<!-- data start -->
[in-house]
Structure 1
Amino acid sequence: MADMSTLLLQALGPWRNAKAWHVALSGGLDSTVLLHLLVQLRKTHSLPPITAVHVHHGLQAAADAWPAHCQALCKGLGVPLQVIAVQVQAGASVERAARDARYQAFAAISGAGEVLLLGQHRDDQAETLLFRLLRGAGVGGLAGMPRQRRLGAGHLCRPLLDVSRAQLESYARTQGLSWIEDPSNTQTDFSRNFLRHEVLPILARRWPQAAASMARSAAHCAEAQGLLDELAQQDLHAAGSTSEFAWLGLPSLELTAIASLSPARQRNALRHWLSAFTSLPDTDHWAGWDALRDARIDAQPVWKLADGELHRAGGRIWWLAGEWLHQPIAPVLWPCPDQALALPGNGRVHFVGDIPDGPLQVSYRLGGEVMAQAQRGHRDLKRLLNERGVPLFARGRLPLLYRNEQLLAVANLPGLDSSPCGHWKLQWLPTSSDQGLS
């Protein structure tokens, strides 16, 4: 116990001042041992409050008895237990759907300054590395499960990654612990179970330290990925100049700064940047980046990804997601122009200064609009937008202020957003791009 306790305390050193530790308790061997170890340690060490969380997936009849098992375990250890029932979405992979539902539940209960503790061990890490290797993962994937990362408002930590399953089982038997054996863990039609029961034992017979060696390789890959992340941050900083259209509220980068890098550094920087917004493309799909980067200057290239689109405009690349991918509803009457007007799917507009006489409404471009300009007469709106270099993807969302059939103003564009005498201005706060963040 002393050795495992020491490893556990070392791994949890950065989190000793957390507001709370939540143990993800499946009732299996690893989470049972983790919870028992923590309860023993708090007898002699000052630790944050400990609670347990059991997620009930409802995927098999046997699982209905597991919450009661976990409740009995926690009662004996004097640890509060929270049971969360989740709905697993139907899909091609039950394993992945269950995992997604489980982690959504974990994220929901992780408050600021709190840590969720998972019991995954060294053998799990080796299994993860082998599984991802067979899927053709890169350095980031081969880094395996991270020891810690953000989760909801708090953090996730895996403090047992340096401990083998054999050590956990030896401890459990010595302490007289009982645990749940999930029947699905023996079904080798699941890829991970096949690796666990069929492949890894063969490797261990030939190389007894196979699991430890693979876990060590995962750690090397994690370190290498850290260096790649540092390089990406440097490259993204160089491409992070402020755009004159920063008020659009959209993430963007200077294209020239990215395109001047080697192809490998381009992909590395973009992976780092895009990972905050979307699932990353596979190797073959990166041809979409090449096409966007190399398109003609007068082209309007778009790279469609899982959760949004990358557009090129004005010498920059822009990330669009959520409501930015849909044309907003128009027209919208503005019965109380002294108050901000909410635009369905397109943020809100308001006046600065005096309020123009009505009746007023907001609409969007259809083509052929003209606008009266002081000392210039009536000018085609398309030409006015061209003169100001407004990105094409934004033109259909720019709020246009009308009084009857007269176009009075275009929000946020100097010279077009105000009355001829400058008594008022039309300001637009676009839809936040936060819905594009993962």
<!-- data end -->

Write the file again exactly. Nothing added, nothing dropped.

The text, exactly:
[in-house]
Structure 1
Amino acid sequence: MADMSTLLLQALGPWRNAKAWHVALSGGLDSTVLLHLLVQLRKTHSLPPITAVHVHHGLQAAADAWPAHCQALCKGLGVPLQVIAVQVQAGASVERAARDARYQAFAAISGAGEVLLLGQHRDDQAETLLFRLLRGAGVGGLAGMPRQRRLGAGHLCRPLLDVSRAQLESYARTQGLSWIEDPSNTQTDFSRNFLRHEVLPILARRWPQAAASMARSAAHCAEAQGLLDELAQQDLHAAGSTSEFAWLGLPSLELTAIASLSPARQRNALRHWLSAFTSLPDTDHWAGWDALRDARIDAQPVWKLADGELHRAGGRIWWLAGEWLHQPIAPVLWPCPDQALALPGNGRVHFVGDIPDGPLQVSYRLGGEVMAQAQRGHRDLKRLLNERGVPLFARGRLPLLYRNEQLLAVANLPGLDSSPCGHWKLQWLPTSSDQGLS
């Protein structure tokens, strides 16, 4: 116990001042041992409050008895237990759907300054590395499960990654612990179970330290990925100049700064940047980046990804997601122009200064609009937008202020957003791009 306790305390050193530790308790061997170890340690060490969380997936009849098992375990250890029932979405992979539902539940209960503790061990890490290797993962994937990362408002930590399953089982038997054996863990039609029961034992017979060696390789890959992340941050900083259209509220980068890098550094920087917004493309799909980067200057290239689109405009690349991918509803009457007007799917507009006489409404471009300009007469709106270099993807969302059939103003564009005498201005706060963040 002393050795495992020491490893556990070392791994949890950065989190000793957390507001709370939540143990993800499946009732299996690893989470049972983790919870028992923590309860023993708090007898002699000052630790944050400990609670347990059991997620009930409802995927098999046997699982209905597991919450009661976990409740009995926690009662004996004097640890509060929270049971969360989740709905697993139907899909091609039950394993992945269950995992997604489980982690959504974990994220929901992780408050600021709190840590969720998972019991995954060294053998799990080796299994993860082998599984991802067979899927053709890169350095980031081969880094395996991270020891810690953000989760909801708090953090996730895996403090047992340096401990083998054999050590956990030896401890459990010595302490007289009982645990749940999930029947699905023996079904080798699941890829991970096949690796666990069929492949890894063969490797261990030939190389007894196979699991430890693979876990060590995962750690090397994690370190290498850290260096790649540092390089990406440097490259993204160089491409992070402020755009004159920063008020659009959209993430963007200077294209020239990215395109001047080697192809490998381009992909590395973009992976780092895009990972905050979307699932990353596979190797073959990166041809979409090449096409966007190399398109003609007068082209309007778009790279469609899982959760949004990358557009090129004005010498920059822009990330669009959520409501930015849909044309907003128009027209919208503005019965109380002294108050901000909410635009369905397109943020809100308001006046600065005096309020123009009505009746007023907001609409969007259809083509052929003209606008009266002081000392210039009536000018085609398309030409006015061209003169100001407004990105094409934004033109259909720019709020246009009308009084009857007269176009009075275009929000946020100097010279077009105000009355001829400058008594008022039309300001637009676009839809936040936060819905594009993962």